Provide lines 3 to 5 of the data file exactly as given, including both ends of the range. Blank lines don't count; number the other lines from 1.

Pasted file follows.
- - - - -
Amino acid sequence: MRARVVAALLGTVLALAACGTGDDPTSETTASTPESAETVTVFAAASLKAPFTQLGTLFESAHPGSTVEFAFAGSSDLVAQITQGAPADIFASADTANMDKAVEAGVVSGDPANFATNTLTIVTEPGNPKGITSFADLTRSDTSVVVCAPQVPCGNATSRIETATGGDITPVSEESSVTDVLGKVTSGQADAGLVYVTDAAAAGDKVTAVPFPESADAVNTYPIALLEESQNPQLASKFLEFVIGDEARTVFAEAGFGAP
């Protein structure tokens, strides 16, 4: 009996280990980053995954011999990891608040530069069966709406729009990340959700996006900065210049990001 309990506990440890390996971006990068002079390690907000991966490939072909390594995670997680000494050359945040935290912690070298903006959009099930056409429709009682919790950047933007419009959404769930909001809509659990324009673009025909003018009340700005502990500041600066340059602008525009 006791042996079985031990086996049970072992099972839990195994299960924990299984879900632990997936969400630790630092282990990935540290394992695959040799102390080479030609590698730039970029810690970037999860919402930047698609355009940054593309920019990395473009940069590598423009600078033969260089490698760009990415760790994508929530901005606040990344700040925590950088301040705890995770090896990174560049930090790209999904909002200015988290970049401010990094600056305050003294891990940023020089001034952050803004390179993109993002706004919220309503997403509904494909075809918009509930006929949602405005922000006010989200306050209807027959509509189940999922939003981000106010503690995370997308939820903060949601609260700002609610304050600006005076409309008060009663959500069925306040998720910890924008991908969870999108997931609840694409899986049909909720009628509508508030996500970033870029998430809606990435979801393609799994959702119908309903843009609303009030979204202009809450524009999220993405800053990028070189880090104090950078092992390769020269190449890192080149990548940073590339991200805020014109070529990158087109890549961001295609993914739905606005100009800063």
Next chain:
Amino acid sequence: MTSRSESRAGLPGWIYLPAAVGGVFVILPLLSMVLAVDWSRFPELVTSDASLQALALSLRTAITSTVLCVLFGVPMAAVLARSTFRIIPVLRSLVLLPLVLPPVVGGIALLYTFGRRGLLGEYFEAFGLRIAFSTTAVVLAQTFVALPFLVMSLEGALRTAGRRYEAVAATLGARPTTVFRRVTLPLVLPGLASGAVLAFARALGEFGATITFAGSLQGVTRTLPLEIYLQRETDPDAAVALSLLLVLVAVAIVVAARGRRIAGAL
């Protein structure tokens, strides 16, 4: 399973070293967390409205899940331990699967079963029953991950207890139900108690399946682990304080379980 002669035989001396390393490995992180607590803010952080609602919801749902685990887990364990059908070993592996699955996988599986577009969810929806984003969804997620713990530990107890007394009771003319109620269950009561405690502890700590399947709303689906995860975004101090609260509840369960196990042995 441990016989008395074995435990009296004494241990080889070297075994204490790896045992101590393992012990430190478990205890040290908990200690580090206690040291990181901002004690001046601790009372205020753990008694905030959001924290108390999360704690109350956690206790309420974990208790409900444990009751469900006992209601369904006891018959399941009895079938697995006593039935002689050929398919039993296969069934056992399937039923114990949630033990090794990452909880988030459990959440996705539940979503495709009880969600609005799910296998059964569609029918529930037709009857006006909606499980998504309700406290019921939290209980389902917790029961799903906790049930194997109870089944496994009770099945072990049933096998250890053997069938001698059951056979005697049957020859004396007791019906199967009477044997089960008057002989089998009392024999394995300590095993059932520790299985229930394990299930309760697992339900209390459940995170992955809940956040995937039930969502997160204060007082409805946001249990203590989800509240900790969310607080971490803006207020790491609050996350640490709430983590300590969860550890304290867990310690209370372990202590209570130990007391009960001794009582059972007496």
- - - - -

Next chain:
Amino acid sequence: MTSRSESRAGLPGWIYLPAAVGGVFVILPLLSMVLAVDWSRFPELVTSDASLQALALSLRTAITSTVLCVLFGVPMAAVLARSTFRIIPVLRSLVLLPLVLPPVVGGIALLYTFGRRGLLGEYFEAFGLRIAFSTTAVVLAQTFVALPFLVMSLEGALRTAGRRYEAVAATLGARPTTVFRRVTLPLVLPGLASGAVLAFARALGEFGATITFAGSLQGVTRTLPLEIYLQRETDPDAAVALSLLLVLVAVAIVVAARGRRIAGAL
């Protein structure tokens, strides 16, 4: 399973070293967390409205899940331990699967079963029953991950207890139900108690399946682990304080379980 002669035989001396390393490995992180607590803010952080609602919801749902685990887990364990059908070993592996699955996988599986577009969810929806984003969804997620713990530990107890007394009771003319109620269950009561405690502890700590399947709303689906995860975004101090609260509840369960196990042995 441990016989008395074995435990009296004494241990080889070297075994204490790896045992101590393992012990430190478990205890040290908990200690580090206690040291990181901002004690001046601790009372205020753990008694905030959001924290108390999360704690109350956690206790309420974990208790409900444990009751469900006992209601369904006891018959399941009895079938697995006593039935002689050929398919039993296969069934056992399937039923114990949630033990090794990452909880988030459990959440996705539940979503495709009880969600609005799910296998059964569609029918529930037709009857006006909606499980998504309700406290019921939290209980389902917790029961799903906790049930194997109870089944496994009770099945072990049933096998250890053997069938001698059951056979005697049957020859004396007791019906199967009477044997089960008057002989089998009392024999394995300590095993059932520790299985229930394990299930309760697992339900209390459940995170992955809940956040995937039930969502997160204060007082409805946001249990203590989800509240900790969310607080971490803006207020790491609050996350640490709430983590300590969860550890304290867990310690209370372990202590209570130990007391009960001794009582059972007496």